Captain Fiddle Music

Ryan and Brennish


Mark O'Connor Fiddle Camp


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Mark O'Connor Fiddle Camp, 1994

By Ryan Thomson

I drove 30 hours nonstop from New Hampshire to Tennessee with 2 good friends to attend

the first Mark O'Connor Fiddle Camp, located at a state park outside of Nashville. We took

turns sleeping and the time went by quickly. We brought along bicycles since there were

lots of small country roads to explore during free afternoon hours. We arrived a day early

and attended a local bluegrass festival and contest which takes place in a large limestone


Besides the novelty of being inside a cave hearing fiddle music, the music contest was

interesting. There were categories of fiddle, banjo, mandolin, guitar, and clog dancing. The

interesting part was that many of the contest entrants were teenagers who each entered

every category! When they weren't competing, they were playing back up accompaniment

for other musicians in the contest. I've rarely seen so many kids in one place who could

each play several different instruments so well, and dance too!

We arrived at the fiddle camp the next day. Montgomery Bell State Park included rustic

cabins with bunk beds, separate shower and restroom facilities, and a scenic well wooded

location. There was a large grassy field where the 25 or so children enjoyed baseball and

other sports when not playing their fiddles. The large dining hall was also the site for

evening jams, and workshops during the day. The camp provided a number of portable

tents where some campers spent the night. Large delivery trucks arrived several times a

day with the catered meals which were included in the basic camp fee. The food was good

and plentiful. Ticks were also plentiful, and a careful self examination each day was

necessary to prevent the little blood suckers from gaining a significant mouth hold!

The hired faculty included specialists in jazz, classical, studio session playing, celtic, Texas

style contest fiddling, and of course Mark himself leading master classes. Students rotated

from class to class throughout each day so that every fiddler got to spend time with each

faculty member. The quality of the faculty was exceptional. The average level of the

"student" fiddlers was also exceptional. Many attendees were professional fiddlers, music

teachers, or fine amateur players of many years experience. I've never seen so many really

good fiddlers in one place before, except perhaps at the National Fiddle Contest in Weiser,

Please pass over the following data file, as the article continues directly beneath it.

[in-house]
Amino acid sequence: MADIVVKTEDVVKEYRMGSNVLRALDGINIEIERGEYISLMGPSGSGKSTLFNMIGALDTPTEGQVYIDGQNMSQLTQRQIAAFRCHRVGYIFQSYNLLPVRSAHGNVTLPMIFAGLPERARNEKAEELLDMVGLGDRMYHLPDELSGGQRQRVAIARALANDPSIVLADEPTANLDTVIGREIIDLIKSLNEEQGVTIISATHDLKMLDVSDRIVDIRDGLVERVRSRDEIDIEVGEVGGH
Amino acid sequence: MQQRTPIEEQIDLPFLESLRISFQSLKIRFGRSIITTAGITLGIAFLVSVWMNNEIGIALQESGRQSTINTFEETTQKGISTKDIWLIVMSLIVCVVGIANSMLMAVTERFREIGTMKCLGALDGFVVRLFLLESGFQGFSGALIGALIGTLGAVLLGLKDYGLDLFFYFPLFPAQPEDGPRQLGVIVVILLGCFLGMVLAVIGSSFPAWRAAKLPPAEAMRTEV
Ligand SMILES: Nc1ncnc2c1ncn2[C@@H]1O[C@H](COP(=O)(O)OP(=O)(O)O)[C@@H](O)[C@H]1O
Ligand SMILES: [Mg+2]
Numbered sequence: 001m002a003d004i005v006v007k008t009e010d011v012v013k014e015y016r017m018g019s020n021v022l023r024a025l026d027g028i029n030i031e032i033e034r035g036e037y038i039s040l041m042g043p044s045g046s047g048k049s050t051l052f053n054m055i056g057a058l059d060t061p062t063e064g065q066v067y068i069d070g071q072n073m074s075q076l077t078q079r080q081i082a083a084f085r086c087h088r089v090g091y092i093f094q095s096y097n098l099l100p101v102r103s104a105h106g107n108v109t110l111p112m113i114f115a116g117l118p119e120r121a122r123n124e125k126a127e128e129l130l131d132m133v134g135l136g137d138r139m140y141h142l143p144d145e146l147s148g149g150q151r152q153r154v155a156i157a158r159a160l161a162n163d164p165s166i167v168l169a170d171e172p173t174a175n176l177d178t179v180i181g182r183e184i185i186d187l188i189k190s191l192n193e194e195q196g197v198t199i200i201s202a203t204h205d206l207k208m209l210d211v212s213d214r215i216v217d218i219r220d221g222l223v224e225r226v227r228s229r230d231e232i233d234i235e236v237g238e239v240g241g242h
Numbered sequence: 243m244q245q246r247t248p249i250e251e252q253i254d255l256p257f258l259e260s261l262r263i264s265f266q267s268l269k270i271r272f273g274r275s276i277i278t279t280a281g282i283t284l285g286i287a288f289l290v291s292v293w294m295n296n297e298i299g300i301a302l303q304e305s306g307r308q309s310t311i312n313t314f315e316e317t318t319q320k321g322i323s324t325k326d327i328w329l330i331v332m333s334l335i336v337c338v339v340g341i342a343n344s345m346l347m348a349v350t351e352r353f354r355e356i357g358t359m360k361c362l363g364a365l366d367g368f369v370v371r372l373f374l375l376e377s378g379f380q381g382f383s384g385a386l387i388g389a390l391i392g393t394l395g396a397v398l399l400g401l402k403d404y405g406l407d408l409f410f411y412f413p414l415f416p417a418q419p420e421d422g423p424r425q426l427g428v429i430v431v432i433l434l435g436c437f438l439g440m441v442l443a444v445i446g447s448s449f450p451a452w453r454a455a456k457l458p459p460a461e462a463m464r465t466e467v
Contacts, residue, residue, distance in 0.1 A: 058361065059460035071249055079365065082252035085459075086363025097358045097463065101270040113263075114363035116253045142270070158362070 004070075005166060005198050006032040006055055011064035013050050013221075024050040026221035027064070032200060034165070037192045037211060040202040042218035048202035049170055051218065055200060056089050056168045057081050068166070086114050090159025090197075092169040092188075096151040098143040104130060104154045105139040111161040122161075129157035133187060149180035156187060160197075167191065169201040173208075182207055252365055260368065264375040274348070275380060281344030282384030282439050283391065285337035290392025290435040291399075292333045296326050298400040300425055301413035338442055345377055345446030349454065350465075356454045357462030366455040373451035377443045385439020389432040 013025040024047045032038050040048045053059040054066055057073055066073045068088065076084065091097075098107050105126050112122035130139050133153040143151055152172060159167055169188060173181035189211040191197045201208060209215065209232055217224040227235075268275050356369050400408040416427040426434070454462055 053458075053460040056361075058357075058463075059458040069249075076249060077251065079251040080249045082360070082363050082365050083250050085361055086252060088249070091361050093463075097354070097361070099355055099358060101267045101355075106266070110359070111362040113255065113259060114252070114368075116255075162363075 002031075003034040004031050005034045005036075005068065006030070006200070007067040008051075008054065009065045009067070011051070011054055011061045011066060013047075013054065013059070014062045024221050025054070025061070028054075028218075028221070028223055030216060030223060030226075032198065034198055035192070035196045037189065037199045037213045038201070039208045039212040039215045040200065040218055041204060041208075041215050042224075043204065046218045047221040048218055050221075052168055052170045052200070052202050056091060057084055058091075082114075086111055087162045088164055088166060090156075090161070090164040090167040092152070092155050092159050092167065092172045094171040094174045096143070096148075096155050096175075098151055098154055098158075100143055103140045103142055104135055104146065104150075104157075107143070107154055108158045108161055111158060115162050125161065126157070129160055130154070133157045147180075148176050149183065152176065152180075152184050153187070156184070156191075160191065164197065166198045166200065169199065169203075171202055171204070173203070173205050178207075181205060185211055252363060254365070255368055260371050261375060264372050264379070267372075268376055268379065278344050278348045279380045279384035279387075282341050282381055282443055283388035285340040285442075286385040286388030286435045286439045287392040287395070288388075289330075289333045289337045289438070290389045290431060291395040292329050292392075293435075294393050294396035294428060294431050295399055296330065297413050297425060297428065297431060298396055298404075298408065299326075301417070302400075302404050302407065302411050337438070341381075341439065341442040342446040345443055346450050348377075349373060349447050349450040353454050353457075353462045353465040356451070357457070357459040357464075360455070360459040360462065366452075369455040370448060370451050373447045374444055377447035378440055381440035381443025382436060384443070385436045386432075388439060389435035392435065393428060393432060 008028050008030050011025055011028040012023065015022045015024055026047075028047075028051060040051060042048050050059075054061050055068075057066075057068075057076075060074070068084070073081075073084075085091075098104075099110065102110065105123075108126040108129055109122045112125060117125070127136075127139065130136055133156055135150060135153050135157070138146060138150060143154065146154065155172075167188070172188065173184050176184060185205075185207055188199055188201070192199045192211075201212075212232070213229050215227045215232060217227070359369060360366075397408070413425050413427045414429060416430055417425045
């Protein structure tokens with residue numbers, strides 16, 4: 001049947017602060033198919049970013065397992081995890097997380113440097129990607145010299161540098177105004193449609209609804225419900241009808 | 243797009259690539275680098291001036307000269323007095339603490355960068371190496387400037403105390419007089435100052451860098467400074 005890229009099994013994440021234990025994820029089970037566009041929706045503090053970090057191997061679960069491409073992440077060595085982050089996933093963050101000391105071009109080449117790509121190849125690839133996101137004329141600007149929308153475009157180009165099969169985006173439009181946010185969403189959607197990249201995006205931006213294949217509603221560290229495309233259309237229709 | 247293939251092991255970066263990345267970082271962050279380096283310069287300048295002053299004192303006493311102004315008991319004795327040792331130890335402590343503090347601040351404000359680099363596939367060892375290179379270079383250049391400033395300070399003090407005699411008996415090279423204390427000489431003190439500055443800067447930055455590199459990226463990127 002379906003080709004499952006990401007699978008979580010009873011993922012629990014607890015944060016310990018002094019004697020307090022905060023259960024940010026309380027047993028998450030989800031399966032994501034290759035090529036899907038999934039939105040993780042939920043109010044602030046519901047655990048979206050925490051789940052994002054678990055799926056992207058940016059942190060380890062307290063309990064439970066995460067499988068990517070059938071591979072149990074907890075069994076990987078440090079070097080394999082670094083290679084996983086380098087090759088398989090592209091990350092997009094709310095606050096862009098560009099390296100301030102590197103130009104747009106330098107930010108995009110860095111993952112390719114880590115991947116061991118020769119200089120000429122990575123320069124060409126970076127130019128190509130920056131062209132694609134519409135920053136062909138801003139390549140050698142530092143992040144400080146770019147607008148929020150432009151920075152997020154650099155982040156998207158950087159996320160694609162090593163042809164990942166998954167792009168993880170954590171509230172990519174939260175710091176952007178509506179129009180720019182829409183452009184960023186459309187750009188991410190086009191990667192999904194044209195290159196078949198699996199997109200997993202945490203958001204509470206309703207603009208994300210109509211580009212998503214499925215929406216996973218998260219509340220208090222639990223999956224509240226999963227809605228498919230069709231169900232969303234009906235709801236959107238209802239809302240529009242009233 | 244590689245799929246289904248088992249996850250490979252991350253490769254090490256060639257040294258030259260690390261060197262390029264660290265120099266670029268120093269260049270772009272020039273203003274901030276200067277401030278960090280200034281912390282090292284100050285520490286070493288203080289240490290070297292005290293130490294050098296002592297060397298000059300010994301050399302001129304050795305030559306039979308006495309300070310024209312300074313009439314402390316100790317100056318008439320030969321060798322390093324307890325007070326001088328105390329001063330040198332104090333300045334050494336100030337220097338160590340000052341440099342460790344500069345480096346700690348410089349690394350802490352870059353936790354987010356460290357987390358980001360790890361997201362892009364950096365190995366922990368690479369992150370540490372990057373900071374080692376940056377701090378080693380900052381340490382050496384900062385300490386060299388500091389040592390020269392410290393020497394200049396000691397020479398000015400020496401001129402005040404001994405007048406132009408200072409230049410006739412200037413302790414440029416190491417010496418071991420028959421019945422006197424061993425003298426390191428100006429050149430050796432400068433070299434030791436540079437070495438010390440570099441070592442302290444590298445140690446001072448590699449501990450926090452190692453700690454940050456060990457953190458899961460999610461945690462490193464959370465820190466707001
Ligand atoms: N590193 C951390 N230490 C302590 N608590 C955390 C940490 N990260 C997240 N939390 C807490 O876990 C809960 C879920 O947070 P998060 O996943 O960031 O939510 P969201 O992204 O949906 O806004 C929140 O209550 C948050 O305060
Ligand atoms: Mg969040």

Throughout the week, other Nashville session players and semi-famous country music

players from the Nashville area would drop by to play in evening concerts, or just jam.

After the first couple of days an interesting phenomena became apparent. Here were more

than a hundred fiddlers in one place, but few banjo, guitar, or other musicians to play

music with! An electric piano made an appearance at the celtic jam area, but there were

no other pianos present. The few people who thought to bring along a guitar or banjo were

in great demand. Fortunately I had my accordion, and a very small battery operated

keyboard which proved to be very handy in jam sessions when I wanted a break from


This event was the first time that I actually met and spoke with Mark although I was an

onlooker at many outdoor jam sessions in Weiser in the 1970's when Mark and his teacher,

Benny Thomason, were making incredible music. At the 1977 National Fiddle Contest I was

on stage with Mark when he received the Northwest regional fiddling award, and I received

the Northeastern trophy. (Benny was one of the judges) I still have a tape of the 1977

contest that I listen to occasionally. At one point the MC describes a mosquito bite on

Marks bowing arm that might potentially interfer with his playing. Of course he went on to

win anyway.

Mark and I pose for a snapshot

I hope to return to this camp in the future. The camp presents an excellent opportunity to

meet and learn from some of the top fiddlers in the US and Canada. The week long event is

presently held twice a year due to the high demand from interested fiddlers. The 1996

dates were June 9-14, and Sept. 22-26. For more information visit the web site.

Written by Ryan Thomson

Postscript February 15, 2004 - At the present time Mark is putting on an annual fiddling

event in San Diego, Cailfornia, with teaching, jams, master classes, etc with well known